Our family have been farming at Phepson since 1919. I am the fourth generation on the farm and we hope the next generation will want to carry on our work. At the turn of the century we were hit hard by both the BSE and then Foot and Mouth outbreaks. Despite not having either disease on the farm, we were hit by sudden market drops at critical times and then family illness at this time led to the sale of all but 50 acres.

I have been working as a professional ecologist for over 10 years and since joining the farm partnership in 2003, we have taken the farm in a more environmentally focused direction. We started grazing nature reserves for local wildlife charities to expand the farm, but more recently have taken on larger blocks of land and now farm over 420 acres.

Using Holistic Management allows us to ensure that the land, environment, people and our bottom line all benefit from our farming, and that is what gets us up in the morning.

In the future we will expand our direct sales so that we can connect with the end customer and complete the field-to-plate circle while giving more options for the next generation to come into the business. We aim to farm in Nature’s image; to keep the environment the way it was meant to be kept.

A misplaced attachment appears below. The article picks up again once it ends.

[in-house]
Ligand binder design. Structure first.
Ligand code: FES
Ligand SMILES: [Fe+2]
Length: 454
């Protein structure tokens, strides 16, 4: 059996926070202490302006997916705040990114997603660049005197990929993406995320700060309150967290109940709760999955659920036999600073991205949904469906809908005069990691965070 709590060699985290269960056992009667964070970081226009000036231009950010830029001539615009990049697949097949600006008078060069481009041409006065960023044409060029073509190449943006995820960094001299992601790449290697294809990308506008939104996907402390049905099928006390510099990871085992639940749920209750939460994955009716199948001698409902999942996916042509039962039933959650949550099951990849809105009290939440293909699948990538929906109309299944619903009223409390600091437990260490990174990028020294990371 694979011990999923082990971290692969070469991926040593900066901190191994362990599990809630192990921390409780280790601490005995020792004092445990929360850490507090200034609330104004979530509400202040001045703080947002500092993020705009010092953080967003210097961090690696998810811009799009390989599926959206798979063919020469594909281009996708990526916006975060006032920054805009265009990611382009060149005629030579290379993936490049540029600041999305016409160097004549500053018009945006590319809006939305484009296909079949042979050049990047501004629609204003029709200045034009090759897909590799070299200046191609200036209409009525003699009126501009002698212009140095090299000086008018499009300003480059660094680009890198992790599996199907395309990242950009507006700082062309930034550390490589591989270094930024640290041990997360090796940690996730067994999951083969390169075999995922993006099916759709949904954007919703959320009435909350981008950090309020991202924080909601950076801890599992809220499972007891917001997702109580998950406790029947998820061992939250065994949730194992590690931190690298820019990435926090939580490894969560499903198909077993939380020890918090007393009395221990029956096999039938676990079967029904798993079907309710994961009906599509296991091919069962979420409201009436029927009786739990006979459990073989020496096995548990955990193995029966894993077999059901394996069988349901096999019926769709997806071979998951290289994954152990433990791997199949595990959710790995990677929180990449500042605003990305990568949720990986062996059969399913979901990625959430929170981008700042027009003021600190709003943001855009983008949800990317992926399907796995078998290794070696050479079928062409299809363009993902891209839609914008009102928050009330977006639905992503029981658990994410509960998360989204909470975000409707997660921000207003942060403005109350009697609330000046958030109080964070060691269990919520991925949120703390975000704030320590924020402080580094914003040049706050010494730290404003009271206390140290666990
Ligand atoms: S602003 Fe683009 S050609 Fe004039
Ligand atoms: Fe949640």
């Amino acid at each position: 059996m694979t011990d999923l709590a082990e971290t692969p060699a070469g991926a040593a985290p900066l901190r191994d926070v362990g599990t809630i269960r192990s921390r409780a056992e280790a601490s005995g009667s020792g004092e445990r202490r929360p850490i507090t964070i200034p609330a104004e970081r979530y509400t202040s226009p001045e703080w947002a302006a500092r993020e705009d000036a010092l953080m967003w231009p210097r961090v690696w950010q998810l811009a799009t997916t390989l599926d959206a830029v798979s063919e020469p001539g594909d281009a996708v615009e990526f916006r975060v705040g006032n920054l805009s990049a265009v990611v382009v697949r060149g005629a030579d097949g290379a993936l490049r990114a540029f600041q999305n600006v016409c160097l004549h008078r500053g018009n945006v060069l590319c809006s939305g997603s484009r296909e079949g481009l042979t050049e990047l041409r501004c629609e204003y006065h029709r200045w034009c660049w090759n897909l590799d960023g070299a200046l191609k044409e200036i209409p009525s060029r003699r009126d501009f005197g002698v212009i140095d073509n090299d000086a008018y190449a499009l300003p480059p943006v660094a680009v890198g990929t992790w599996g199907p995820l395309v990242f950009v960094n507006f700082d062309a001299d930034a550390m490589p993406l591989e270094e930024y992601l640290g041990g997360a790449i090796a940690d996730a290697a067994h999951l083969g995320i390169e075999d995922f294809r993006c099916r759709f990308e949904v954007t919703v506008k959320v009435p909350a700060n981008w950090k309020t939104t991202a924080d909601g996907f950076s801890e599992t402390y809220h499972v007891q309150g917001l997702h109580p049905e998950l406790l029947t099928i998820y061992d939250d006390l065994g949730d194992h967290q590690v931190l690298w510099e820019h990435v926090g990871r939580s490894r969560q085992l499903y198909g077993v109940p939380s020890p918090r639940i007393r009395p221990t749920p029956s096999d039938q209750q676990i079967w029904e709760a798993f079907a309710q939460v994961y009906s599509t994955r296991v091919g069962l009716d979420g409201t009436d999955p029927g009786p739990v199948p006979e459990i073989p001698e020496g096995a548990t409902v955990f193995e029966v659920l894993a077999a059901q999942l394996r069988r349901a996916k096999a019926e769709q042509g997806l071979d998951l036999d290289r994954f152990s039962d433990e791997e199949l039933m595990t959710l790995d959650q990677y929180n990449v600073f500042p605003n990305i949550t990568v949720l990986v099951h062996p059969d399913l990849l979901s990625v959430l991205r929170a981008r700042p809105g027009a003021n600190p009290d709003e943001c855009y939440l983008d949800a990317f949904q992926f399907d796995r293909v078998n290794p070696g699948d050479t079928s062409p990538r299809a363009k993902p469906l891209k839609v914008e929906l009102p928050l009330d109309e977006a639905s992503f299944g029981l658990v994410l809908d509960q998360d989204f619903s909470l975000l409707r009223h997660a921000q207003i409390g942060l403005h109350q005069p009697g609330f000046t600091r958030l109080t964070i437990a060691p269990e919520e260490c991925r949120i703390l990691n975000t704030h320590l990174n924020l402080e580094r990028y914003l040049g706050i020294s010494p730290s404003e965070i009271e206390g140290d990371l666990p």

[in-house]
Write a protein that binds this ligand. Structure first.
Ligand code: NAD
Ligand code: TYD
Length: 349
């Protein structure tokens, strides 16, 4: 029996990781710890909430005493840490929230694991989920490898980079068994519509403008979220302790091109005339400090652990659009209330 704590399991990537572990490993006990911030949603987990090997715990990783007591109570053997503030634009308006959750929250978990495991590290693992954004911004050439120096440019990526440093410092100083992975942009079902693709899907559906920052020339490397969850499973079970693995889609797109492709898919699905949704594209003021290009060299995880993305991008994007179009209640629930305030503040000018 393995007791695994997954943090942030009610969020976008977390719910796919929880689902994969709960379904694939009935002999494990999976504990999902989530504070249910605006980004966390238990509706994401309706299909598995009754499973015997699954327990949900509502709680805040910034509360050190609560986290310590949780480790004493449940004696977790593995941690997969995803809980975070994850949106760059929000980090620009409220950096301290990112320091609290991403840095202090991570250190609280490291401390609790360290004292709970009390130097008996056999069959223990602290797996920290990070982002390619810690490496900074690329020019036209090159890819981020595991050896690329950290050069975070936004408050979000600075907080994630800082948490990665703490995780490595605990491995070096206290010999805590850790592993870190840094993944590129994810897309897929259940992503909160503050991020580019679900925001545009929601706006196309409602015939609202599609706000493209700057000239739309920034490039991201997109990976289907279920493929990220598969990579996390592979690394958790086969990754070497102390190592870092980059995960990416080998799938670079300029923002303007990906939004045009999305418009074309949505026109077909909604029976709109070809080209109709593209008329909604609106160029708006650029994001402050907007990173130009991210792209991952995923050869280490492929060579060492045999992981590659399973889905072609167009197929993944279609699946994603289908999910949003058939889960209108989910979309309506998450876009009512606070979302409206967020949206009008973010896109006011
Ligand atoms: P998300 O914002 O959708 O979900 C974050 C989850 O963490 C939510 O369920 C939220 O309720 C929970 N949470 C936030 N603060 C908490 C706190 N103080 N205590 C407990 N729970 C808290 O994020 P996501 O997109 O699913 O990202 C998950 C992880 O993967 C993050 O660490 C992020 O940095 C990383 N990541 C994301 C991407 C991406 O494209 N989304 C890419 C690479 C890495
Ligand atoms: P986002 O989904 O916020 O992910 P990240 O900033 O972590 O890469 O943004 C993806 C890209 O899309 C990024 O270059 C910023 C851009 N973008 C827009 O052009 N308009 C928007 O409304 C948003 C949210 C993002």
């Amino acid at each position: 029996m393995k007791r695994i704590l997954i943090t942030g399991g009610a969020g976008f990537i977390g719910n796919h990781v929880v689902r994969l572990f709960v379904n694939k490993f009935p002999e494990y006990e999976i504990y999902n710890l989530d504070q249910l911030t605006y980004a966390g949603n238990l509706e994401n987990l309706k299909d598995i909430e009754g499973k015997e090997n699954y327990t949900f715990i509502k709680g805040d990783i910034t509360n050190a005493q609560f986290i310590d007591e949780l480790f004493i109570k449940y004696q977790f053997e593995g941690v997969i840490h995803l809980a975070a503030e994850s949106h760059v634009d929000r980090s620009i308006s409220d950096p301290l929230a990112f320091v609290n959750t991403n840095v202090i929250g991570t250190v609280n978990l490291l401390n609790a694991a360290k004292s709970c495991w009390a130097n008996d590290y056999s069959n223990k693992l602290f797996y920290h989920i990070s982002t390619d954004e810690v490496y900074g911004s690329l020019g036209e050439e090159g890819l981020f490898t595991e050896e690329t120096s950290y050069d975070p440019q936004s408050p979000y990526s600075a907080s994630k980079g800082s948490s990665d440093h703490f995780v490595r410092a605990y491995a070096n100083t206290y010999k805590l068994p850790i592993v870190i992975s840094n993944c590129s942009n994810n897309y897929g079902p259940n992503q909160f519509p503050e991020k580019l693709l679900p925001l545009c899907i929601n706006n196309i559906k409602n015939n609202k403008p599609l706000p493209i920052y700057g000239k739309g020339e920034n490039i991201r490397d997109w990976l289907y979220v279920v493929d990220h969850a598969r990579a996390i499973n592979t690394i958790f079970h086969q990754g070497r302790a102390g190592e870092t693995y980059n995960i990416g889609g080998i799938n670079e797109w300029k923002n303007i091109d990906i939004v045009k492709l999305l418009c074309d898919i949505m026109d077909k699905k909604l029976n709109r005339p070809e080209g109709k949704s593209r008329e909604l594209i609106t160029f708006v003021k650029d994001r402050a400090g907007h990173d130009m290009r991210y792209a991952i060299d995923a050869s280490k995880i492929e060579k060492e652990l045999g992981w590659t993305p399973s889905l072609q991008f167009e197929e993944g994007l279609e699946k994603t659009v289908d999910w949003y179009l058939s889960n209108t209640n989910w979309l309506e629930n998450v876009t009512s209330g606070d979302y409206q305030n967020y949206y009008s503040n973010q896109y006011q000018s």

• If you let your clover go to seed your cattle will reseed for you free of charge when it passes through them.
  • Grazing with a back fence is important. You don’t have to move every day but as long as you move cattle every 4 days you will grow more grass for free and your soil will be more productive and less compacted.
  • Profit per acre is the key measure not production per acre. There is a tipping point when the extra unit of production starts to cost you money – keep production below that point and your business will be more resilient in the long term.


To gain further insights into Holistic Management and find out more about Rob, view a guest blog article by Matt Clegg here.

All photo credits: Rob Havard



The information contained within this profile reflects the views and practices of the profiled farmer and does not necessarily reflect that of Agricology and its partners.

Published September 2017